Every year the Council of Supply Chain Management Professionals produces a “State of Logistics Report
”. The 26th annual report, released last June, analyzed U.S. logistics in 2014 and gave a prediction for what 2015 would have in store.
Key Factors in the State of Logistics Report
The “State of Logistics Report” showed that 2014 was the best year for U.S. logistics since the recession hit in 2007, and aside from Q1, 2015 did not slow down. Overall the year showed strong growth, and the U.S. economy did better in 2015 than the previous year. This translates into more consumer cash, which means an increase in business, and also an increase in transportation needs. While this is great for the economy, there are concerns about the capacity of the current motor carriers.
One of the major factors highlighted in the “State of Logistics Report” is logistics costs as a percentage of GDP
. This percentage has remained between 8.2% and 8.4% from 2010 to 2014, but this was expected to change in 2015 with expectations that it would rise to as much as 9.5% by the end of the year. This increase is because of motor carrier capacity issues. If carriers have more demand than supply for their services, prices will increase. As prices increase, revenues will increase, and motor carrier revenues account for nearly half of the logistic costs as a percentage of GDP.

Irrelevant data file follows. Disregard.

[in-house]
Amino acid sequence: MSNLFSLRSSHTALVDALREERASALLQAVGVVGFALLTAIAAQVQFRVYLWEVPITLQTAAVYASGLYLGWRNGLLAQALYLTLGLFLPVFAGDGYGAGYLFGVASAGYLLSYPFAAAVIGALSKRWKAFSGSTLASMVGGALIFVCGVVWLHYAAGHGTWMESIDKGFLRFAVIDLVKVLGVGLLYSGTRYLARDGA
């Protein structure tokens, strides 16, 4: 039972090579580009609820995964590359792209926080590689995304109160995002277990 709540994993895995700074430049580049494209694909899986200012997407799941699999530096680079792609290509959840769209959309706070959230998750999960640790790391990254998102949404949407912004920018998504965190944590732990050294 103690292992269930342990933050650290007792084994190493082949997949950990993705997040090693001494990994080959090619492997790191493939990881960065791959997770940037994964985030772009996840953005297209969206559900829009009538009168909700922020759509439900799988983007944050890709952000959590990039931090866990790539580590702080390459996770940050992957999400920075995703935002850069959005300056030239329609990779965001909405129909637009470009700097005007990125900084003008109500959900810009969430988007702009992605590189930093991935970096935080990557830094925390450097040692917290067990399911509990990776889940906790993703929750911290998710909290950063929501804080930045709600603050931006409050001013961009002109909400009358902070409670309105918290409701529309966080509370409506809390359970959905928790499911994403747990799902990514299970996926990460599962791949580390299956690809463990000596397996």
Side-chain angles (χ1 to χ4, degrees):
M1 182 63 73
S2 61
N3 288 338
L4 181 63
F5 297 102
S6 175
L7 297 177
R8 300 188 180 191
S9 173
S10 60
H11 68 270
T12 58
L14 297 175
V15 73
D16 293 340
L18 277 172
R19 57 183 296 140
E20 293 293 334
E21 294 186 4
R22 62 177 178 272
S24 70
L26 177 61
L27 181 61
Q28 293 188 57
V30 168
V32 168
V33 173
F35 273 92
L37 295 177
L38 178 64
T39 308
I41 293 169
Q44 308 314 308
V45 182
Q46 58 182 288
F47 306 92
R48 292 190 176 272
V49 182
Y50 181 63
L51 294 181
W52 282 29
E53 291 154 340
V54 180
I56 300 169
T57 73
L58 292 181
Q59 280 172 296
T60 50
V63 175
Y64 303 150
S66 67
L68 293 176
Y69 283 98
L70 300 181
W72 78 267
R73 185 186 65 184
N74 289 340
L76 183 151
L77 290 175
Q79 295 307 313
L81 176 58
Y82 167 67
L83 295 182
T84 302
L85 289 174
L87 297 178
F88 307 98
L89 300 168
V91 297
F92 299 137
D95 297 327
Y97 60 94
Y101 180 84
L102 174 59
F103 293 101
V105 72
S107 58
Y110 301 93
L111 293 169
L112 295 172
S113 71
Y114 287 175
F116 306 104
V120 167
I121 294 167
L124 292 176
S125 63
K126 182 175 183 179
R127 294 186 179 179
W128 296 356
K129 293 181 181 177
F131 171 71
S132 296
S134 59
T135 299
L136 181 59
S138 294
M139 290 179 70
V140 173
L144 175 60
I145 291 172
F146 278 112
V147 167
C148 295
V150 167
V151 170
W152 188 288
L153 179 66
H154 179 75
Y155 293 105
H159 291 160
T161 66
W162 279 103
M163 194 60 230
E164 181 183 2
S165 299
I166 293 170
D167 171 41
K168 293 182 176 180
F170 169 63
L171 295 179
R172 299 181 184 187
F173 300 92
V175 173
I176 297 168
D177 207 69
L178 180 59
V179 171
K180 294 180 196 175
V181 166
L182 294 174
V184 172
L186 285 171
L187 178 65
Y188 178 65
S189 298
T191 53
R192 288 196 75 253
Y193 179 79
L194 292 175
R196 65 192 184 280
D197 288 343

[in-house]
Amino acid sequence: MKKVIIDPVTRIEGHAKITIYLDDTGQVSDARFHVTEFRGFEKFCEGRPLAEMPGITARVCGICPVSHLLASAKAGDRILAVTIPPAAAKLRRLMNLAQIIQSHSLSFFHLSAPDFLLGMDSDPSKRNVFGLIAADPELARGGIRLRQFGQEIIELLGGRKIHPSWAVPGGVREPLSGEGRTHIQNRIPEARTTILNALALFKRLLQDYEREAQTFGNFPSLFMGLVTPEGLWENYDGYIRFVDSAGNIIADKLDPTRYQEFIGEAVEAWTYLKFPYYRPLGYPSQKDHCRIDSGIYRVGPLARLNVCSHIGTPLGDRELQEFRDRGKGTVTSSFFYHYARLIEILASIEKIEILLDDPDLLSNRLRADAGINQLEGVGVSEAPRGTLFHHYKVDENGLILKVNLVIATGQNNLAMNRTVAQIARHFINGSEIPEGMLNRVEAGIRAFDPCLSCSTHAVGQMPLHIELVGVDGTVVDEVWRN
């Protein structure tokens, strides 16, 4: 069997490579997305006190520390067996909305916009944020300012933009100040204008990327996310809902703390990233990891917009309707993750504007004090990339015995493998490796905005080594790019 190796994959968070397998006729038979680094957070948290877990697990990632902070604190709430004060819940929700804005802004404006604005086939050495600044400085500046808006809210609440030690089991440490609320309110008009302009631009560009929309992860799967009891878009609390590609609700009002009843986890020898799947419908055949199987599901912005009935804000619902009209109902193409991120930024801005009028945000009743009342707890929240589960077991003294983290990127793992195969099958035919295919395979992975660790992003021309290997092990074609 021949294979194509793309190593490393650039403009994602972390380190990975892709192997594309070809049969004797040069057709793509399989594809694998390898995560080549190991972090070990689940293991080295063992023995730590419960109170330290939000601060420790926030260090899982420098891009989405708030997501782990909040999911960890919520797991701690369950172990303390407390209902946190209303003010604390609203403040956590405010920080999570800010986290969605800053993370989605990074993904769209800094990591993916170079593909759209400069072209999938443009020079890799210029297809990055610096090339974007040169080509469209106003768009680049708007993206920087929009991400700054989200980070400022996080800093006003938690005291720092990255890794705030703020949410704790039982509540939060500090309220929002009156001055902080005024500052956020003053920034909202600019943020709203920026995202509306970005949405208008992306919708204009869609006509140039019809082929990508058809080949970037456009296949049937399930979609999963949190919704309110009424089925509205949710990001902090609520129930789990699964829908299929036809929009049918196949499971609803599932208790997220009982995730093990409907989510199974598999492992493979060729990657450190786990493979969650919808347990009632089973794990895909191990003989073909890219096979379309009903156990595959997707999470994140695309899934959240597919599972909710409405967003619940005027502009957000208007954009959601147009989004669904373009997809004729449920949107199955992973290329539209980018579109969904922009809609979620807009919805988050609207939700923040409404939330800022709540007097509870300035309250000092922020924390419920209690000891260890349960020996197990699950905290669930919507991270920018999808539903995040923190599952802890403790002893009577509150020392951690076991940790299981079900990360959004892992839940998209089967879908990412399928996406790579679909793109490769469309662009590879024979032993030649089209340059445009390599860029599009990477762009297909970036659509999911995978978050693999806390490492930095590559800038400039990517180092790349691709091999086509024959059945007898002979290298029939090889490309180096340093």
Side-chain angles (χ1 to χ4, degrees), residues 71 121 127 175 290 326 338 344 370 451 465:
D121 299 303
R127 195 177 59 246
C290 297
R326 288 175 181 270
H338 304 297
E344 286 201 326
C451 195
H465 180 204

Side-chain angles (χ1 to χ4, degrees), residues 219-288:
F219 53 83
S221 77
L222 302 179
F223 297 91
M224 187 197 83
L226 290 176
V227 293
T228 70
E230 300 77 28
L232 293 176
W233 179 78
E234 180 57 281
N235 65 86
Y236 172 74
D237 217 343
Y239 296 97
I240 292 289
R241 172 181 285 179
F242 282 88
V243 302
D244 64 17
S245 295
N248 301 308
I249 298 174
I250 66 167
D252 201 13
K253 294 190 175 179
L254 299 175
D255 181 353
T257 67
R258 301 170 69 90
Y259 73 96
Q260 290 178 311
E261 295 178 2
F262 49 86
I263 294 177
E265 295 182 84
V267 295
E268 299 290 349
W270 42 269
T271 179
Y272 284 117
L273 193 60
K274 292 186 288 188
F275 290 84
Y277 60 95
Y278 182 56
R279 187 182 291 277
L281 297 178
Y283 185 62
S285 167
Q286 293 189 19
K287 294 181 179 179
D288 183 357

Another area that the “State of Logistics Report” looks at is inventory carrying costs. Inventory carrying costs
have been increasing over the last few years due to a number of factors including interest rates, taxes, obsolescence, and depreciation. Vacancy rates and labor rates are the two driving forces that have been increasing these costs lately. With the boom of e-commerce business, vacant warehouse space is becoming hard to find, and this is causing the price of these vacant spaces to increase.
Impact on Companies in the Logistics Industry
So what does this mean for companies operating in the logistics industry? Below are a few recommendations to ensure your company is prepared to handle the ever-changing logistics landscape:
- Start by taking a deeper look at your operation including challenges, costs, inventory and future goals
- Develop a more clearly defined understanding of the capacity constraints that motor carriers have now and will have in the future
- In order to minimize the effect of motor carrier constraints, operate closely with your suppliers to help them optimize the shipping lanes of inbound freight.
- For outbound freight, clearly communicate the capacity needs you company requires, and make sure to optimize each truck of outbound freight to its full capacity.
- To combat rising inventory carrying cost, look at inventory levels and storage methods to make sure you're maximizing each square foot of your facility.
- Investigate suppliers’ inventories and make sure you have visibility into their on-hand inventory
- Make sure to clearly communicate your demand for their product
Last year was very strong for U.S. logistics, and with some careful planning, we can all be poised for a prosperous 2016.
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